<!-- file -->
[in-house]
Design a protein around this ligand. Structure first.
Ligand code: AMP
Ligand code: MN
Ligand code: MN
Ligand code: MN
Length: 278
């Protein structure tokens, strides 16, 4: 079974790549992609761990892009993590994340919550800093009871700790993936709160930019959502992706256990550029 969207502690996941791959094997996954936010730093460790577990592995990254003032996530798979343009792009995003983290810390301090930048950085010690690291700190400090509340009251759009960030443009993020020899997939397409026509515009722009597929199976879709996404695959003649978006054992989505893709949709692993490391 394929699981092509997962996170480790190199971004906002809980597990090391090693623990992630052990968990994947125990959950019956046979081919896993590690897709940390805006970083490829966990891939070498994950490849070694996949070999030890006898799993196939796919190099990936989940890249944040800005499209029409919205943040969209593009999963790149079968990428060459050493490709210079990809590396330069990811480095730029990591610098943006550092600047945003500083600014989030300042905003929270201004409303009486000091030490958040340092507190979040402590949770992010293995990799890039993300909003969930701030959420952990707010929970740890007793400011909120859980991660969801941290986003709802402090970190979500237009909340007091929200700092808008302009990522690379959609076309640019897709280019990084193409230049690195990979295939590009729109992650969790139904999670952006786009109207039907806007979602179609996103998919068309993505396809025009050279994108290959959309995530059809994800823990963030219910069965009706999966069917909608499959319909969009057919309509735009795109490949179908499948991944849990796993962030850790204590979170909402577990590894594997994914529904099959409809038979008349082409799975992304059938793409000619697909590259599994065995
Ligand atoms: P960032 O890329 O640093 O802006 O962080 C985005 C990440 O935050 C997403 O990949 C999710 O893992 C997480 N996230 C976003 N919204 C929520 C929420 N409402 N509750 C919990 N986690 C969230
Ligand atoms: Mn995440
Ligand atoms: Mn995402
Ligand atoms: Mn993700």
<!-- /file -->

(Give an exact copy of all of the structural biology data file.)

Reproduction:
[in-house]
Design a protein around this ligand. Structure first.
Ligand code: AMP
Ligand code: MN
Ligand code: MN
Ligand code: MN
Length: 278
């Protein structure tokens, strides 16, 4: 079974790549992609761990892009993590994340919550800093009871700790993936709160930019959502992706256990550029 969207502690996941791959094997996954936010730093460790577990592995990254003032996530798979343009792009995003983290810390301090930048950085010690690291700190400090509340009251759009960030443009993020020899997939397409026509515009722009597929199976879709996404695959003649978006054992989505893709949709692993490391 394929699981092509997962996170480790190199971004906002809980597990090391090693623990992630052990968990994947125990959950019956046979081919896993590690897709940390805006970083490829966990891939070498994950490849070694996949070999030890006898799993196939796919190099990936989940890249944040800005499209029409919205943040969209593009999963790149079968990428060459050493490709210079990809590396330069990811480095730029990591610098943006550092600047945003500083600014989030300042905003929270201004409303009486000091030490958040340092507190979040402590949770992010293995990799890039993300909003969930701030959420952990707010929970740890007793400011909120859980991660969801941290986003709802402090970190979500237009909340007091929200700092808008302009990522690379959609076309640019897709280019990084193409230049690195990979295939590009729109992650969790139904999670952006786009109207039907806007979602179609996103998919068309993505396809025009050279994108290959959309995530059809994800823990963030219910069965009706999966069917909608499959319909969009057919309509735009795109490949179908499948991944849990796993962030850790204590979170909402577990590894594997994914529904099959409809038979008349082409799975992304059938793409000619697909590259599994065995
Ligand atoms: P960032 O890329 O640093 O802006 O962080 C985005 C990440 O935050 C997403 O990949 C999710 O893992 C997480 N996230 C976003 N919204 C929520 C929420 N409402 N509750 C919990 N986690 C969230
Ligand atoms: Mn995440
Ligand atoms: Mn995402
Ligand atoms: Mn993700």